Training details

access_time 1 hour, 30 minutes

attach_money Free


When disasters strike, people immediately come together to help the affected communities. For many, this aid comes in the form of monetary donations. But did you know that most of these contributions cease within a few weeks? Long-term recovery takes years, which means it’s imperative to keep the dollars flowing. Disaster fundraising is important for all communities. Remember, not all disasters make it to the news.  Join us to understand disaster philanthropy and get the tools for effective fundraising. “Low attention” disasters threaten towns and cities nationwide year-round. Be ready to respond to the aftermath of a specific event or as a way to support preparedness. From grass tops to grassroots, we’ll discuss strategies for creating data-informed cases for support to foundations and corporations, best practices in disaster philanthropy, as well as working with community foundations and long-term recovery groups in small and rural towns.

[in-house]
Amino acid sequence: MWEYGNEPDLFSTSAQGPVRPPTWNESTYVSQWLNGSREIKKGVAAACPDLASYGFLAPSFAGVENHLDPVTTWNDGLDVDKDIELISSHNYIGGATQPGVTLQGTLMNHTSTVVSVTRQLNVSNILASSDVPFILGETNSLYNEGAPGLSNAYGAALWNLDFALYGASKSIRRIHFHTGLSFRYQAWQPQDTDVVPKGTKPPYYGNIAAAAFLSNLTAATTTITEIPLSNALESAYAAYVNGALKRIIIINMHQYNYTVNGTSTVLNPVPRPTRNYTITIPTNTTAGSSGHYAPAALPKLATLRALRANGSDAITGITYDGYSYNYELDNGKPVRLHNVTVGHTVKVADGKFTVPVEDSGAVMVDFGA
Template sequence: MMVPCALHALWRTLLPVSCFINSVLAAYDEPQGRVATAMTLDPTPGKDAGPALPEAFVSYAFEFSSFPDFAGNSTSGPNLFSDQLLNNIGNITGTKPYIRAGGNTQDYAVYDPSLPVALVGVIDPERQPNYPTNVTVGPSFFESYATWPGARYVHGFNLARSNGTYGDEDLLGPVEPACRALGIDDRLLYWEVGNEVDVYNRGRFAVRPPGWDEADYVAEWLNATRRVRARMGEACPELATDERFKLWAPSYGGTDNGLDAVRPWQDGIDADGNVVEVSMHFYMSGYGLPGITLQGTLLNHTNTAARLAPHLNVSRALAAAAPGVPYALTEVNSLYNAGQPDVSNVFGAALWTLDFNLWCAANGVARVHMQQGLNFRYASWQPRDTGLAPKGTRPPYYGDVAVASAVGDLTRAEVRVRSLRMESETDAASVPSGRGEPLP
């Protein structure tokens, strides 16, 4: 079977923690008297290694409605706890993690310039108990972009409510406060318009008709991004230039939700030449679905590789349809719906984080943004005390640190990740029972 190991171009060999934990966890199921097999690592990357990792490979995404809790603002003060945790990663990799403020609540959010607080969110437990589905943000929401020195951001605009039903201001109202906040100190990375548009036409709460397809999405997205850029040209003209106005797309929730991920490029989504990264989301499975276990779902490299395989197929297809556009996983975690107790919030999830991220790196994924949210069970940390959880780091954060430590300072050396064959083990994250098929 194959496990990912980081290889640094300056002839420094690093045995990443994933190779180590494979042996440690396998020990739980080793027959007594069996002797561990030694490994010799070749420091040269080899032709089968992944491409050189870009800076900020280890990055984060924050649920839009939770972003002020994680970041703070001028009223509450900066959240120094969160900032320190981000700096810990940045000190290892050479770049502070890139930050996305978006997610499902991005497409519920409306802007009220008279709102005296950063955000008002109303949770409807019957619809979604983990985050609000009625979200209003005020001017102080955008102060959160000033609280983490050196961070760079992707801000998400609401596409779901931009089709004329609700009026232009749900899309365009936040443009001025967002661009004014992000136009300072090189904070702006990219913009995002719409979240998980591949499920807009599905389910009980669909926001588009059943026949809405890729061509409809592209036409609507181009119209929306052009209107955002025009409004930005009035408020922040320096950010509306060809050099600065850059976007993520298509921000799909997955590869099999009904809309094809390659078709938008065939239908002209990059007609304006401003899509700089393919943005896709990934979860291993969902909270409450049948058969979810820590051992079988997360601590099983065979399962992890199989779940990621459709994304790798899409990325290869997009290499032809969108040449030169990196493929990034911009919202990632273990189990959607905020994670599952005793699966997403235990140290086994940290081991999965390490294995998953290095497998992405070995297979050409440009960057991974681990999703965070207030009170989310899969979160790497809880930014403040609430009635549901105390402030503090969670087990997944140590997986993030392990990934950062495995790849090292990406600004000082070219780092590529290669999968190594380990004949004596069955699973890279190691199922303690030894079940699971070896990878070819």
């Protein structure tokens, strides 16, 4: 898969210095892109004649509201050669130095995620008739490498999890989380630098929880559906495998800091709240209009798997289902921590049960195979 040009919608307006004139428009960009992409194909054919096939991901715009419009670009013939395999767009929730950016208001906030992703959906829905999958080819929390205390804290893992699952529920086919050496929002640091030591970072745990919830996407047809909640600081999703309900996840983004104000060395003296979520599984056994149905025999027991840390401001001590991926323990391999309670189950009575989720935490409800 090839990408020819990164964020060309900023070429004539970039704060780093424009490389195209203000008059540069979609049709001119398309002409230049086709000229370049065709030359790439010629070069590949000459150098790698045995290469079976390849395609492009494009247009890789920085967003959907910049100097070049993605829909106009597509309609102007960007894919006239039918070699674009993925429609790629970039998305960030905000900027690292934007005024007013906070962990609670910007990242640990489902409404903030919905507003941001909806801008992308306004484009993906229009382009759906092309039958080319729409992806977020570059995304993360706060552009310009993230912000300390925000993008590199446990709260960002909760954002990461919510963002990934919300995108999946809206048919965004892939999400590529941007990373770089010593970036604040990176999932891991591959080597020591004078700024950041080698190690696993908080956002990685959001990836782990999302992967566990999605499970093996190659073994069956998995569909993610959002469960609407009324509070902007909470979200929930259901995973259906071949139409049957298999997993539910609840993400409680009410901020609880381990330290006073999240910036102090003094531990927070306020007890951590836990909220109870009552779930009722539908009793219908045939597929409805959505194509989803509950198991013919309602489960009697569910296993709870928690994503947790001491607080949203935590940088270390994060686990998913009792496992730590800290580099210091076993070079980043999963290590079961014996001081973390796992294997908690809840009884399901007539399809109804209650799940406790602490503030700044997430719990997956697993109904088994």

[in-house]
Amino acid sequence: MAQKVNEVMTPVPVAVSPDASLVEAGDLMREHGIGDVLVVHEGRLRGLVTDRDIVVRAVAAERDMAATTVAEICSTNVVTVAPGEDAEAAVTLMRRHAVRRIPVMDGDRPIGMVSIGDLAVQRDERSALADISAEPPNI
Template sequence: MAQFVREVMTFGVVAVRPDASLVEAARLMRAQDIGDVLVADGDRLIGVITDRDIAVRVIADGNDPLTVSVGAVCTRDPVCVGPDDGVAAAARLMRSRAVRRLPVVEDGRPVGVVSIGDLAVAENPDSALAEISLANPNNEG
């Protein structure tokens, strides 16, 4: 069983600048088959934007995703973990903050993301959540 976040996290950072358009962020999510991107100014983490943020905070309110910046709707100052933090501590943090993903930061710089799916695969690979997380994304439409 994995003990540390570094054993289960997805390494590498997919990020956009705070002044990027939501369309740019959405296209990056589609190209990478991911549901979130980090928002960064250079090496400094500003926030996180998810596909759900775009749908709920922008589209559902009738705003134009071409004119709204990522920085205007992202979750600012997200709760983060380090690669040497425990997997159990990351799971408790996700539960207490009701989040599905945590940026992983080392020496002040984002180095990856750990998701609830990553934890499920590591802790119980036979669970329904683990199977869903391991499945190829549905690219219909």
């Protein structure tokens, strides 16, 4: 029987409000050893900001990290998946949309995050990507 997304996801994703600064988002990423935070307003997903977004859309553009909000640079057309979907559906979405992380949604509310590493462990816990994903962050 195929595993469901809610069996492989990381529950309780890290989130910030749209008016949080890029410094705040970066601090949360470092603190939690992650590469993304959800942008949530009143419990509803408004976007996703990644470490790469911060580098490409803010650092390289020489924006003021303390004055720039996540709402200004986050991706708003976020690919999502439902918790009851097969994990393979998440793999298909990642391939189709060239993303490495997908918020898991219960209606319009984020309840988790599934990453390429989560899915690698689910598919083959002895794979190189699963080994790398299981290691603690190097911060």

Upon completion of this video, you should be able to:

  • Explain the lifecycle of disasters and its relevance to building strong, resilient communities
  • Describe the three key elements of long-term recovery after disasters
  • Articulate the importance of funding beyond immediate relief
  • Identify where to find resources to support disaster-related fundraising strategies
  • Define four best practices in disaster philanthropy
  • Build a case to support disaster giving

Qualifies for
1.5 CFRE point(s)

Intended audience

  • All levels of experience

Bonus materials

Use these bookmarks to jump to different parts of the presentation:

02:35 “It Won’t Happen Here…”

06:58 About Center for Disaster Philanthropy

16:44 Lifecycle of Disasters

17:46 Giving Trends

25:40 Best Practices in Disaster Funding

34:11 Fundraising Strategies from the Grassroots

50:13 What It Really Takes for Communities to Recover

1:01:18 Resources

1:03:07 Q&A


Regine Webster Vice President Center for Disaster Philanthropy
Nancy Beers Director of the Midwest Early Recovery Fund Center for Disaster Philanthropy